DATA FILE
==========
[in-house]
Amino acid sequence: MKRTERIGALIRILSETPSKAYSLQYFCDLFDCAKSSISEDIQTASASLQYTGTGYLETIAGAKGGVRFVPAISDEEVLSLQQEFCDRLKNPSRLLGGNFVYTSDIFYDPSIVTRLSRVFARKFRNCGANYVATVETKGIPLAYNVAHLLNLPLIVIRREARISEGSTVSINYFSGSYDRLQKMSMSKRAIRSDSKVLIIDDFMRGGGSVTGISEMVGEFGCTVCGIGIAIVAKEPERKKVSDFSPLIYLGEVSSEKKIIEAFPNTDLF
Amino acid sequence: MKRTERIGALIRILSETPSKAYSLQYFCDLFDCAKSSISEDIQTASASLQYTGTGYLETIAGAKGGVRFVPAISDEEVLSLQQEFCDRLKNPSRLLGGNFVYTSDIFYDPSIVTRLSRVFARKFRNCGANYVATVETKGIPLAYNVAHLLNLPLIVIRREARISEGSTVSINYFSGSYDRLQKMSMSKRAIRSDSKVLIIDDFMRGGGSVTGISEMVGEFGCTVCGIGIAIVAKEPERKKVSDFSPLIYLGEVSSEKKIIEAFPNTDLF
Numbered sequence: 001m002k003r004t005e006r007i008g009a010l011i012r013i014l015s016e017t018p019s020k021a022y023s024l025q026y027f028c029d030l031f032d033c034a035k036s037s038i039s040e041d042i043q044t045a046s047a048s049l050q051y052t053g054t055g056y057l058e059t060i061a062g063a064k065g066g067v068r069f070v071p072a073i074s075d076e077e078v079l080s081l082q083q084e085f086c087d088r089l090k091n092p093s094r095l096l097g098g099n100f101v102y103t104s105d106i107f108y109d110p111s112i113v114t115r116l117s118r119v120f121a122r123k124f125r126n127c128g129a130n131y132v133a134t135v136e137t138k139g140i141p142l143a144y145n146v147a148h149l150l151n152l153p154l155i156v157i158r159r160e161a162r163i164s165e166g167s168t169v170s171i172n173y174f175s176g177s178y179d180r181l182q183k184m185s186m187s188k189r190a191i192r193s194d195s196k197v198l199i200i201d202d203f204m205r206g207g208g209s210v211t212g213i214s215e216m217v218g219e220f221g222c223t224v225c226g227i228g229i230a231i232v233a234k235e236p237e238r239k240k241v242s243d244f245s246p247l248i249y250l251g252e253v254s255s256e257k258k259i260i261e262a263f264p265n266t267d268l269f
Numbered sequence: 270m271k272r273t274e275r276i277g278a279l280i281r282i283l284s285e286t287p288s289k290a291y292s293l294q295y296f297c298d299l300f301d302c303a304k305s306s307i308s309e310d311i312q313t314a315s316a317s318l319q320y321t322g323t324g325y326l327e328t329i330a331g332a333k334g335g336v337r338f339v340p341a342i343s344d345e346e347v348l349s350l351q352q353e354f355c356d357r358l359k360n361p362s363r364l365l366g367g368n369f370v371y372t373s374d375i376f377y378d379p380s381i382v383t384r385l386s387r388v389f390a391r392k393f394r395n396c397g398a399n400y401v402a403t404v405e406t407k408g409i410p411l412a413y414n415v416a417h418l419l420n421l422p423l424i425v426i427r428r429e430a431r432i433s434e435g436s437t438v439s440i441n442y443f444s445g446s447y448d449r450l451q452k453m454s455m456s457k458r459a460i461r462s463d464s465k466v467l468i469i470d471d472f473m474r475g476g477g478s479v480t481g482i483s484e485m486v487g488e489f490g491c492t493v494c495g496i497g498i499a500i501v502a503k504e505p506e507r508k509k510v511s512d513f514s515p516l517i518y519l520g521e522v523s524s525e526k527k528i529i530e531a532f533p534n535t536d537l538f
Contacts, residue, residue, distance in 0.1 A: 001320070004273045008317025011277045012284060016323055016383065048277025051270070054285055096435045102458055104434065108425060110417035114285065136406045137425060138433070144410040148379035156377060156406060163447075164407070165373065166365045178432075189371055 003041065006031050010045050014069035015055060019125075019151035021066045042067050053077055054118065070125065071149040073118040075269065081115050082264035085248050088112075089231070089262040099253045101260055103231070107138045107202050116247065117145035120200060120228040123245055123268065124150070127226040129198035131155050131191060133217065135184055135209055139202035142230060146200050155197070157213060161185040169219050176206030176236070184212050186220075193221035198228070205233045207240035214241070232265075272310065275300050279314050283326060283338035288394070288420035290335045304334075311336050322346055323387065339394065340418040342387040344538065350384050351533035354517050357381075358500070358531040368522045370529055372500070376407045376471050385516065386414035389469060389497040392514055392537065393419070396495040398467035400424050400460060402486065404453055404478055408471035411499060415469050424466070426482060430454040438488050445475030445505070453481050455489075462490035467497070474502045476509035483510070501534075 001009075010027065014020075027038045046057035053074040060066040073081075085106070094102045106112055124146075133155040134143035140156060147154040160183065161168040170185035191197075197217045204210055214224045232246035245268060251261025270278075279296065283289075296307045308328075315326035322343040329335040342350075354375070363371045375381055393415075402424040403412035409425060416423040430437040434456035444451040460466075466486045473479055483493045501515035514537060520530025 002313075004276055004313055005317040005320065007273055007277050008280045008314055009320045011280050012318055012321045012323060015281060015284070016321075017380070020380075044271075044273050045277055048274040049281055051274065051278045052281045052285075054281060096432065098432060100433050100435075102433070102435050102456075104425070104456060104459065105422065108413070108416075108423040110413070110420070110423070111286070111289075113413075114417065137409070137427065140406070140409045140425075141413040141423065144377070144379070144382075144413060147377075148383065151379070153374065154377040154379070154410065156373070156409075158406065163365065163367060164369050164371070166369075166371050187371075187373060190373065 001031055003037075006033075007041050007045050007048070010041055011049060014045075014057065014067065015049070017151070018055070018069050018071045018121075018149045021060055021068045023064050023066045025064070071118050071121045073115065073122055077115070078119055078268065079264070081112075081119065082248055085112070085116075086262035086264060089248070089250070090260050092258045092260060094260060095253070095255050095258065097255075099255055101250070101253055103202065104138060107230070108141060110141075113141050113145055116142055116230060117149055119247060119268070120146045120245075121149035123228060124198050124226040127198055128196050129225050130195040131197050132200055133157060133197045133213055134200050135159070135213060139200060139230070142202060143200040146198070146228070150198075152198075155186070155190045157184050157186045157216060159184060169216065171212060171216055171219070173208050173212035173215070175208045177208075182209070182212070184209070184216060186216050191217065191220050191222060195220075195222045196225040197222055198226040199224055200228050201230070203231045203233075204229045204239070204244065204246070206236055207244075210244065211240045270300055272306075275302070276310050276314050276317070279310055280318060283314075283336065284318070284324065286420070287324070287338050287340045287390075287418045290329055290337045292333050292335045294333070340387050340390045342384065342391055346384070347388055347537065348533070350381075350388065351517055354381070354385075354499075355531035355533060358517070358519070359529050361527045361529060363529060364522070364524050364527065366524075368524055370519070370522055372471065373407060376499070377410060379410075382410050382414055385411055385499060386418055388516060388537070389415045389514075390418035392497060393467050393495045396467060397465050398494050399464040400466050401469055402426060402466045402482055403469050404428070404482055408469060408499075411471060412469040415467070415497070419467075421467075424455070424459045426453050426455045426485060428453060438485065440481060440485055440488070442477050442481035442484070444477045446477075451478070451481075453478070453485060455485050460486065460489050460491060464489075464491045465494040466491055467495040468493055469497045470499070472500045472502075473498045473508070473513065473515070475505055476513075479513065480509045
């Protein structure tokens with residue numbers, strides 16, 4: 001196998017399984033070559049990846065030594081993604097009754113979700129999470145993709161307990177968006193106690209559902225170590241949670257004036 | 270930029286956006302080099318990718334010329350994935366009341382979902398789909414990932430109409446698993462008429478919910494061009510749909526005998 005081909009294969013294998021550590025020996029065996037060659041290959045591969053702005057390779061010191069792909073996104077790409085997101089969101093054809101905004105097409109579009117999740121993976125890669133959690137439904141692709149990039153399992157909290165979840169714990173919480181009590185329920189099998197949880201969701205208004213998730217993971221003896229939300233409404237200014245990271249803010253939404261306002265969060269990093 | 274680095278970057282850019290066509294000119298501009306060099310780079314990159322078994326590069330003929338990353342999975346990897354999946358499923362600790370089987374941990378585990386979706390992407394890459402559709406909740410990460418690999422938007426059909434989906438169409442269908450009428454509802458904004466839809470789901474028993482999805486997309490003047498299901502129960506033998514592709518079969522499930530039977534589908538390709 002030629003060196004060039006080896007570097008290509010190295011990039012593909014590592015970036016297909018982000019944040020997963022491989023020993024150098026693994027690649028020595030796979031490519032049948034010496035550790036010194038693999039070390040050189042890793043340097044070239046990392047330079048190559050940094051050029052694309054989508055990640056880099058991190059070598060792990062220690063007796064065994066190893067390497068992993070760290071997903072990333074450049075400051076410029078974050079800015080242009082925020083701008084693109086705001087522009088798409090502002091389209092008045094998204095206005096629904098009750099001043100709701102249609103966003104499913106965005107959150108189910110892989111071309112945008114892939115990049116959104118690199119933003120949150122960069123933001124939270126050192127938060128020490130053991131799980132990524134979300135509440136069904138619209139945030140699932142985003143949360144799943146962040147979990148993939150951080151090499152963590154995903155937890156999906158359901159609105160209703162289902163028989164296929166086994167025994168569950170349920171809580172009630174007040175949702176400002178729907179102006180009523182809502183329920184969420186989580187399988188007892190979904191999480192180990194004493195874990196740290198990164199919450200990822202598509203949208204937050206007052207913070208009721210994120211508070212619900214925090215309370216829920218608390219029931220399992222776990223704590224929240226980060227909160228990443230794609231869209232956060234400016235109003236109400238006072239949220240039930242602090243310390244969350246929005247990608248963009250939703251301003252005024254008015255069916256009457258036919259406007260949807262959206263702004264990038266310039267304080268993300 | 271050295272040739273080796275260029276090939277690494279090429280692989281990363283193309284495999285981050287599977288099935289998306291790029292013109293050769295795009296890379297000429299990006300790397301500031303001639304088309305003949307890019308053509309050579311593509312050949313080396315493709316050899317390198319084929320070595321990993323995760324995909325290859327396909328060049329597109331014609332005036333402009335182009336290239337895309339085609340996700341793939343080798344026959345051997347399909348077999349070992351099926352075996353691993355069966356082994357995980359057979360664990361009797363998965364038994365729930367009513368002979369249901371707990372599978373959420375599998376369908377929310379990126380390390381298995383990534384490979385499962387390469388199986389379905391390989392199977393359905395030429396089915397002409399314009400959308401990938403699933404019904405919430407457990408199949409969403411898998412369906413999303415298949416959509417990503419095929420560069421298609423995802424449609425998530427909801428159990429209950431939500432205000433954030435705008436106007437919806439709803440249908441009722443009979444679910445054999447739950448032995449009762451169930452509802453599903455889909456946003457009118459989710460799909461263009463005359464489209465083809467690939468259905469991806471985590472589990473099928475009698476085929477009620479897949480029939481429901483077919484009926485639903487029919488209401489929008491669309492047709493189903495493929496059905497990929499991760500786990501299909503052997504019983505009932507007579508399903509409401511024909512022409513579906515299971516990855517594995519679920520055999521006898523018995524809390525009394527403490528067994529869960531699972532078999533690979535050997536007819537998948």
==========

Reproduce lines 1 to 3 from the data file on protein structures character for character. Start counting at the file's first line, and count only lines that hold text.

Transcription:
[in-house]
Amino acid sequence: MKRTERIGALIRILSETPSKAYSLQYFCDLFDCAKSSISEDIQTASASLQYTGTGYLETIAGAKGGVRFVPAISDEEVLSLQQEFCDRLKNPSRLLGGNFVYTSDIFYDPSIVTRLSRVFARKFRNCGANYVATVETKGIPLAYNVAHLLNLPLIVIRREARISEGSTVSINYFSGSYDRLQKMSMSKRAIRSDSKVLIIDDFMRGGGSVTGISEMVGEFGCTVCGIGIAIVAKEPERKKVSDFSPLIYLGEVSSEKKIIEAFPNTDLF
Amino acid sequence: MKRTERIGALIRILSETPSKAYSLQYFCDLFDCAKSSISEDIQTASASLQYTGTGYLETIAGAKGGVRFVPAISDEEVLSLQQEFCDRLKNPSRLLGGNFVYTSDIFYDPSIVTRLSRVFARKFRNCGANYVATVETKGIPLAYNVAHLLNLPLIVIRREARISEGSTVSINYFSGSYDRLQKMSMSKRAIRSDSKVLIIDDFMRGGGSVTGISEMVGEFGCTVCGIGIAIVAKEPERKKVSDFSPLIYLGEVSSEKKIIEAFPNTDLF